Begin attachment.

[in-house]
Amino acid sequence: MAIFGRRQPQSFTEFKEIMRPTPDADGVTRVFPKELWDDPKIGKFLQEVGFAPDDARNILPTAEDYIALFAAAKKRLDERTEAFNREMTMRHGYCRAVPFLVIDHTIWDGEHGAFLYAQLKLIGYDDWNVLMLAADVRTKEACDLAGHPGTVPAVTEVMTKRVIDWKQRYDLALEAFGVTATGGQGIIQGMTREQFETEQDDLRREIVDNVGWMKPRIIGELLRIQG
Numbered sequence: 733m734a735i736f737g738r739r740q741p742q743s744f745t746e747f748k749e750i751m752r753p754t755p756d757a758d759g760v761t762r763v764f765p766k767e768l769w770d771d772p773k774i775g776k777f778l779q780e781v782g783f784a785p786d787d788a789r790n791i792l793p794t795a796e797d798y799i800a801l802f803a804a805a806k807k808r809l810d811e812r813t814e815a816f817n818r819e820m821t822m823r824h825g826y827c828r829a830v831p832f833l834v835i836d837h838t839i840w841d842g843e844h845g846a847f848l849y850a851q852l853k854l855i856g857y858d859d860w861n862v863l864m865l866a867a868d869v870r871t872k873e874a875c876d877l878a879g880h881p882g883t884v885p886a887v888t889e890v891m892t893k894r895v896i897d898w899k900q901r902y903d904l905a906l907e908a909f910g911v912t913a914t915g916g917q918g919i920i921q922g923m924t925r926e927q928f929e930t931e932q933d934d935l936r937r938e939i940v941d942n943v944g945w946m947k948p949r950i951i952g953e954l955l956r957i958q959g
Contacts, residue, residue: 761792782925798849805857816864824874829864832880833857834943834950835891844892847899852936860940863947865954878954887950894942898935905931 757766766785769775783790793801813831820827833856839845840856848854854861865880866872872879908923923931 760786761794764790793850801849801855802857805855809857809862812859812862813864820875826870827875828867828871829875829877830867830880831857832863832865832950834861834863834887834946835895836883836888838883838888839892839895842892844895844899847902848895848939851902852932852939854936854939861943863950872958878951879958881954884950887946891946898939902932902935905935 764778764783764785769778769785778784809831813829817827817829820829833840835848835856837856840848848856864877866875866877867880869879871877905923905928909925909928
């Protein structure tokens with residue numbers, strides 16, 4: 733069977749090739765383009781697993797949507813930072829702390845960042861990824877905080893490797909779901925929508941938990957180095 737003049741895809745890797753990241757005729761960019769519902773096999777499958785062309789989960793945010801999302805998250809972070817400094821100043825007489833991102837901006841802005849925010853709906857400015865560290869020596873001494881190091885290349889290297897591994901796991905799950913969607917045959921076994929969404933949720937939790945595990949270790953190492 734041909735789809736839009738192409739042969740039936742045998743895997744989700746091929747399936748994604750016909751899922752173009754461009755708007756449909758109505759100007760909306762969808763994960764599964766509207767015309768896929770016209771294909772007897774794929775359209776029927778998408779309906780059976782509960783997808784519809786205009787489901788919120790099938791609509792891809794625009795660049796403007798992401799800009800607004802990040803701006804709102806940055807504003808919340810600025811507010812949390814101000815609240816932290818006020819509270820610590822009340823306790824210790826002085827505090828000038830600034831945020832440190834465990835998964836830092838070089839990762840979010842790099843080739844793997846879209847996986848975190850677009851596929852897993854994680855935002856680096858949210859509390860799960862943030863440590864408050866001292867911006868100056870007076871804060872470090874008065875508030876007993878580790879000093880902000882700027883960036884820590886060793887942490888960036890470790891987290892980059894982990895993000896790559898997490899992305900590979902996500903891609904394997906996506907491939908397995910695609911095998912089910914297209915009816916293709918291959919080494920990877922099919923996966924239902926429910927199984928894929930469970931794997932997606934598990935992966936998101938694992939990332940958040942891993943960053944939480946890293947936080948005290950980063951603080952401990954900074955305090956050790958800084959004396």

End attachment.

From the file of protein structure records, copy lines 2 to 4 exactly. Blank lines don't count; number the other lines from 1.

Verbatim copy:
Amino acid sequence: MAIFGRRQPQSFTEFKEIMRPTPDADGVTRVFPKELWDDPKIGKFLQEVGFAPDDARNILPTAEDYIALFAAAKKRLDERTEAFNREMTMRHGYCRAVPFLVIDHTIWDGEHGAFLYAQLKLIGYDDWNVLMLAADVRTKEACDLAGHPGTVPAVTEVMTKRVIDWKQRYDLALEAFGVTATGGQGIIQGMTREQFETEQDDLRREIVDNVGWMKPRIIGELLRIQG
Numbered sequence: 733m734a735i736f737g738r739r740q741p742q743s744f745t746e747f748k749e750i751m752r753p754t755p756d757a758d759g760v761t762r763v764f765p766k767e768l769w770d771d772p773k774i775g776k777f778l779q780e781v782g783f784a785p786d787d788a789r790n791i792l793p794t795a796e797d798y799i800a801l802f803a804a805a806k807k808r809l810d811e812r813t814e815a816f817n818r819e820m821t822m823r824h825g826y827c828r829a830v831p832f833l834v835i836d837h838t839i840w841d842g843e844h845g846a847f848l849y850a851q852l853k854l855i856g857y858d859d860w861n862v863l864m865l866a867a868d869v870r871t872k873e874a875c876d877l878a879g880h881p882g883t884v885p886a887v888t889e890v891m892t893k894r895v896i897d898w899k900q901r902y903d904l905a906l907e908a909f910g911v912t913a914t915g916g917q918g919i920i921q922g923m924t925r926e927q928f929e930t931e932q933d934d935l936r937r938e939i940v941d942n943v944g945w946m947k948p949r950i951i952g953e954l955l956r957i958q959g
Contacts, residue, residue: 761792782925798849805857816864824874829864832880833857834943834950835891844892847899852936860940863947865954878954887950894942898935905931 757766766785769775783790793801813831820827833856839845840856848854854861865880866872872879908923923931 760786761794764790793850801849801855802857805855809857809862812859812862813864820875826870827875828867828871829875829877830867830880831857832863832865832950834861834863834887834946835895836883836888838883838888839892839895842892844895844899847902848895848939851902852932852939854936854939861943863950872958878951879958881954884950887946891946898939902932902935905935 764778764783764785769778769785778784809831813829817827817829820829833840835848835856837856840848848856864877866875866877867880869879871877905923905928909925909928